returning the cell address to a list of cell addresses available for storing enqueued cells once the last copy of the cell has been dequeued from the switch.
19. The method of claim 18 wherein the step of determining when the last copy has left the switch includes the substep of
determining the value of a plurality of bits stored in the output port registers.
20. A switch for tracking multicast cell copies and including a plurality of output ports from which cell copies are transmitted toward destinations, the switch comprising:
a plurality of output port registers, each output port register being associated with at least one switch output port; and
first and second port memory controllers, at least one of the controllers receiving a bit map on the enqueue of a cell into the switch, the bit map including a bit corresponding to each output port register in a group of output port registers associated with the at least one controller that received the bit map, the controller including
means for writing to each output port register in the group the bit from the bit map corresponding to that port register.
21. The switch of claim 20 further comprising
means for generating the bit map from the enqueued cell, the length of the bit map being based on the number of output ports.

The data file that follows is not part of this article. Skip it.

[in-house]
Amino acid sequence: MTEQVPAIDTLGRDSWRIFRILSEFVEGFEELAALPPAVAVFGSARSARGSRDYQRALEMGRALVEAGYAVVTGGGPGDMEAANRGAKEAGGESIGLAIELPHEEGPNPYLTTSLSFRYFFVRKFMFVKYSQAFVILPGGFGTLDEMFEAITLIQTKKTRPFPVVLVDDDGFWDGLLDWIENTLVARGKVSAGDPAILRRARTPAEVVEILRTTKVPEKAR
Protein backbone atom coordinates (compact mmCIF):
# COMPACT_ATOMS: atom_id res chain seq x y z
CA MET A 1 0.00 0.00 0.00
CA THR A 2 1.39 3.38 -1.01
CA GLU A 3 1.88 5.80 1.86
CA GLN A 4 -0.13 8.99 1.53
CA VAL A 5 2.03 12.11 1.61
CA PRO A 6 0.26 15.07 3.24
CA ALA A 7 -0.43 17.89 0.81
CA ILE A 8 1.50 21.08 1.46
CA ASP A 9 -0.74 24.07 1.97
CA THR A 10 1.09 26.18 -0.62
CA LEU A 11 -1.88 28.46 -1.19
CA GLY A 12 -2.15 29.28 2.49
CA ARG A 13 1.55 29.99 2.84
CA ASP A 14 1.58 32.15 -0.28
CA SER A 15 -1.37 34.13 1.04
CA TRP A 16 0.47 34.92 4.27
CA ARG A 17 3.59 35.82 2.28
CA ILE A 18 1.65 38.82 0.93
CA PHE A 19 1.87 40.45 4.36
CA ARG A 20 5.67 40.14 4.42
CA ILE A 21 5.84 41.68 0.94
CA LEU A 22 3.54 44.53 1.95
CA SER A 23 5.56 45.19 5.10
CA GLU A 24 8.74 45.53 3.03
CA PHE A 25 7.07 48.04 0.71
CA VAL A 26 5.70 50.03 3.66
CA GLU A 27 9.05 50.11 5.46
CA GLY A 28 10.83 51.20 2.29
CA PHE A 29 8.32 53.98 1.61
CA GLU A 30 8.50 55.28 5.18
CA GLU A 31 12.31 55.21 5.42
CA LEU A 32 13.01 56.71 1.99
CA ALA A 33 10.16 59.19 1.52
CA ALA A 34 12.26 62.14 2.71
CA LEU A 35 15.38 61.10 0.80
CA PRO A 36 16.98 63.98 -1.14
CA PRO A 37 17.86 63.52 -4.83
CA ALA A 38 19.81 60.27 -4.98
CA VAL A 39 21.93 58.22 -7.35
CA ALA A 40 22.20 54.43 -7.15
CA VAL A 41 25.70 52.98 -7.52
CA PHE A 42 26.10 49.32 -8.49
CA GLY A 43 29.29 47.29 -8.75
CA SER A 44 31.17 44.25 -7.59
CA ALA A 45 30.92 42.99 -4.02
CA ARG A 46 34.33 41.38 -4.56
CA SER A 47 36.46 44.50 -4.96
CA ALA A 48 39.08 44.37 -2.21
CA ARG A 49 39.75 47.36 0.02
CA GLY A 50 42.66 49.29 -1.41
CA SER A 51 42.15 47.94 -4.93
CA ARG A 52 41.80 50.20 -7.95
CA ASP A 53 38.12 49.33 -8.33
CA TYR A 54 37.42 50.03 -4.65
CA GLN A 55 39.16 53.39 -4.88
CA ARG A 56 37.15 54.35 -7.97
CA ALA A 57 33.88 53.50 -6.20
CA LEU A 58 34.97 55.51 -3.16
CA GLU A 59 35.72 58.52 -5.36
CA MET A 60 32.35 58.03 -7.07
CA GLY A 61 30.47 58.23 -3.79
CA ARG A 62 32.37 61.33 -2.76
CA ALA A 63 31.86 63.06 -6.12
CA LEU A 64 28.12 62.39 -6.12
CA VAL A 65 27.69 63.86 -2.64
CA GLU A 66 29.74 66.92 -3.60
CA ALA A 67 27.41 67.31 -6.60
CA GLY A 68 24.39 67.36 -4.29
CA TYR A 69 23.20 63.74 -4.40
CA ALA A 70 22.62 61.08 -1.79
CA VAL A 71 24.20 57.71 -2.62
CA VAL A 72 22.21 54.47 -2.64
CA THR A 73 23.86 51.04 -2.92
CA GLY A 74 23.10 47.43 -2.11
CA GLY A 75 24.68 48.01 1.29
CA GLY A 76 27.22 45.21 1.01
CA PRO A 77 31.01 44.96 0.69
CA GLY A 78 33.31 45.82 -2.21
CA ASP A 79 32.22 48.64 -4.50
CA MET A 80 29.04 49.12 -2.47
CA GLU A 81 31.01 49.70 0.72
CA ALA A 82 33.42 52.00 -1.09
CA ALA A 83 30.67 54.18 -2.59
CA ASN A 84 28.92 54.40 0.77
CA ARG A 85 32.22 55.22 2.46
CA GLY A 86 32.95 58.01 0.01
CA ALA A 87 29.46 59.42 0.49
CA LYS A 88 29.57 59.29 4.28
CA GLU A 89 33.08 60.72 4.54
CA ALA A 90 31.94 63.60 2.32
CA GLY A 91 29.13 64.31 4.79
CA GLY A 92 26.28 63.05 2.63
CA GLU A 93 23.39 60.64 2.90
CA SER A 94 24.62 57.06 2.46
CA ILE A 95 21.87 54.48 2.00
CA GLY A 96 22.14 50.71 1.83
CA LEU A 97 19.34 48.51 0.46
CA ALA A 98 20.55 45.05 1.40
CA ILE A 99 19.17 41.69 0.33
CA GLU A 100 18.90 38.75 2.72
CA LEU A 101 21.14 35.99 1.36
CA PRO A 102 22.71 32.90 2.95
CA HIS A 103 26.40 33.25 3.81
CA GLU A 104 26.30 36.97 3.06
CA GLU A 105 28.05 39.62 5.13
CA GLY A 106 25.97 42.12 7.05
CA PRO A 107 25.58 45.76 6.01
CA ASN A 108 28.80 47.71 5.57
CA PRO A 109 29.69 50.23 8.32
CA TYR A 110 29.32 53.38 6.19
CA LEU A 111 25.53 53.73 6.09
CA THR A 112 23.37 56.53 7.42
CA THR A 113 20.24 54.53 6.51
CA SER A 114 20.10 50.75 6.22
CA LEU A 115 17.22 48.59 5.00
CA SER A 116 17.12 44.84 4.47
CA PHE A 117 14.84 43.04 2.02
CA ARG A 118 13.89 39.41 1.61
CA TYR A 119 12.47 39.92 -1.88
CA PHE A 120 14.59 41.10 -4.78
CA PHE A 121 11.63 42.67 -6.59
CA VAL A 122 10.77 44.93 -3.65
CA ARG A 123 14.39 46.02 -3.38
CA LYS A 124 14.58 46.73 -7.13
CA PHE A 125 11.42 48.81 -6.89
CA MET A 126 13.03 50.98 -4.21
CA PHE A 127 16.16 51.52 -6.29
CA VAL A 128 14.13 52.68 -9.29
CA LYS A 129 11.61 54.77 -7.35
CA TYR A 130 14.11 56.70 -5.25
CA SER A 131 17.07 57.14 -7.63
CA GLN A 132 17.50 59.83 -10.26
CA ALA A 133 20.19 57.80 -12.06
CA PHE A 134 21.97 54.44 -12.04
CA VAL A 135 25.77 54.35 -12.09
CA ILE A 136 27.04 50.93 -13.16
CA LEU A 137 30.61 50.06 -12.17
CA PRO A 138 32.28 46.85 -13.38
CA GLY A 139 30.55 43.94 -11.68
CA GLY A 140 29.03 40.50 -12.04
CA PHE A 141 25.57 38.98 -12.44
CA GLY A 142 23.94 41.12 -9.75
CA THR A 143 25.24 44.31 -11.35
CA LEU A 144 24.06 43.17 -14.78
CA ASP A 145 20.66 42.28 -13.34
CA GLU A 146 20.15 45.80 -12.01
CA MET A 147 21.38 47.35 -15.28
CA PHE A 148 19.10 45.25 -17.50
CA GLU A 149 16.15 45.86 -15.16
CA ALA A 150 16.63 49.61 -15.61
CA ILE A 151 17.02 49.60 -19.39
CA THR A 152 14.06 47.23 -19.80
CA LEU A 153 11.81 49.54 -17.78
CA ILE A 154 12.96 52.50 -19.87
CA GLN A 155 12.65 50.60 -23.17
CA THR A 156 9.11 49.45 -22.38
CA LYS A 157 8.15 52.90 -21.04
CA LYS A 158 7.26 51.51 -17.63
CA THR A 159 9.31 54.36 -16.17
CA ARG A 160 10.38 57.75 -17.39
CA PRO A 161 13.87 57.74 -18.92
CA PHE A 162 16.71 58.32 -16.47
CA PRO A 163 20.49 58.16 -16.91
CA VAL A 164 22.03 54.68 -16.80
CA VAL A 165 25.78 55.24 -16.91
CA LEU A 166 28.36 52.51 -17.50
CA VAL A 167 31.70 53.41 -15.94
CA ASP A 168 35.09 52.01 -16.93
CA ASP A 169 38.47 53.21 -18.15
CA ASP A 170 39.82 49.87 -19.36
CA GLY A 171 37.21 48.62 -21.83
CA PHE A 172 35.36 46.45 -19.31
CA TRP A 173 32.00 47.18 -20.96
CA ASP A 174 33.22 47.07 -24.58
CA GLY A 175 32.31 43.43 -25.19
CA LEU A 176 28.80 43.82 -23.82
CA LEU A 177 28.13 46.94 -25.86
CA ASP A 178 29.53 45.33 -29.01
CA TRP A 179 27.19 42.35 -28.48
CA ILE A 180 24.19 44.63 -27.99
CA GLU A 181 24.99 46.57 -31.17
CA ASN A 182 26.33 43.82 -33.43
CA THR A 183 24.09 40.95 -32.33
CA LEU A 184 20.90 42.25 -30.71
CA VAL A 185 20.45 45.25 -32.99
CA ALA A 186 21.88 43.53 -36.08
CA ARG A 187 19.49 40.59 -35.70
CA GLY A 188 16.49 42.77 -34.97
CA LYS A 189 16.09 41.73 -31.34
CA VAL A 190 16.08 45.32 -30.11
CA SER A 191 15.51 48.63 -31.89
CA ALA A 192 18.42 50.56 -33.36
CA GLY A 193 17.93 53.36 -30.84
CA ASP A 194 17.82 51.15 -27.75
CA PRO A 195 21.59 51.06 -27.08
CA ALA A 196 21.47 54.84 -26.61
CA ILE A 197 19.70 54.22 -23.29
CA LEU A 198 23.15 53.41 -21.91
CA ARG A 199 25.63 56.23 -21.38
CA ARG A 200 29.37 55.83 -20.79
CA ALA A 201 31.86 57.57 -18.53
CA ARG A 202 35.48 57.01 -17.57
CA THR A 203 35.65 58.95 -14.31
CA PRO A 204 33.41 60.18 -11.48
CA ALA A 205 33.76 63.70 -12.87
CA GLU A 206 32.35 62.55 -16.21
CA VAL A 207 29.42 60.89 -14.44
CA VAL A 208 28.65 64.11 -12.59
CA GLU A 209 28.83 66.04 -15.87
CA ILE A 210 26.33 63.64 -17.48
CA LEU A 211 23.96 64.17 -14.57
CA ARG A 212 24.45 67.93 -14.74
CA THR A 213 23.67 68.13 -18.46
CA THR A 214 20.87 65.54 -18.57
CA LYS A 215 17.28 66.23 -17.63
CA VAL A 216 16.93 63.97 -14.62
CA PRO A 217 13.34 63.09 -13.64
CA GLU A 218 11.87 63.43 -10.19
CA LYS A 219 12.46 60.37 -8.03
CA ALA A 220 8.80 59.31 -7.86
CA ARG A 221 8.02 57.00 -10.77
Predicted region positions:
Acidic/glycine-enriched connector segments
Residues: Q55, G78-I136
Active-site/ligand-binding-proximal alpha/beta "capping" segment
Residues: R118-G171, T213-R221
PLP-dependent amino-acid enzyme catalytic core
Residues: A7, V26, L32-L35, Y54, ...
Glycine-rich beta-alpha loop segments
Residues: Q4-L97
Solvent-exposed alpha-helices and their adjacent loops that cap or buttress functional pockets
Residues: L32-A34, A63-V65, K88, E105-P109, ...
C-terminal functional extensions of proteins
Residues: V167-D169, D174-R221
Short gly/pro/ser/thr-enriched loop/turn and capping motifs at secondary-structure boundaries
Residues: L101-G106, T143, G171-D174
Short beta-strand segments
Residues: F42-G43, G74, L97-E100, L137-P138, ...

22. The switch of claim 20 further comprising
a data store memory for storing the cells enqueued to the switch at a cell address in the data store memory.
23. The switch of claim 22 further comprising means for directing the bit map to at least one of the port memory controllers based on the cell address.
24. The switch of claim 23 wherein the means for directing includes
means for determining whether the cell address is even or odd.
25. The switch of claim 23 wherein the first and second port memory controllers comprise
means for writing the bit of the bit map to the output port register of the group at a corresponding cell address in that output port register.
26. The switch of claim 25 wherein the means for writing comprises
means for writing the bits of the bit map to the output port registers of the group in parallel.
27. The switch of claim 23 further comprising
means, operable after a copy of the enqueued cell is dequeued from an outport of the switch, for clearing the bit in the output port register associated with the output port from which the cell copy was dequeued; and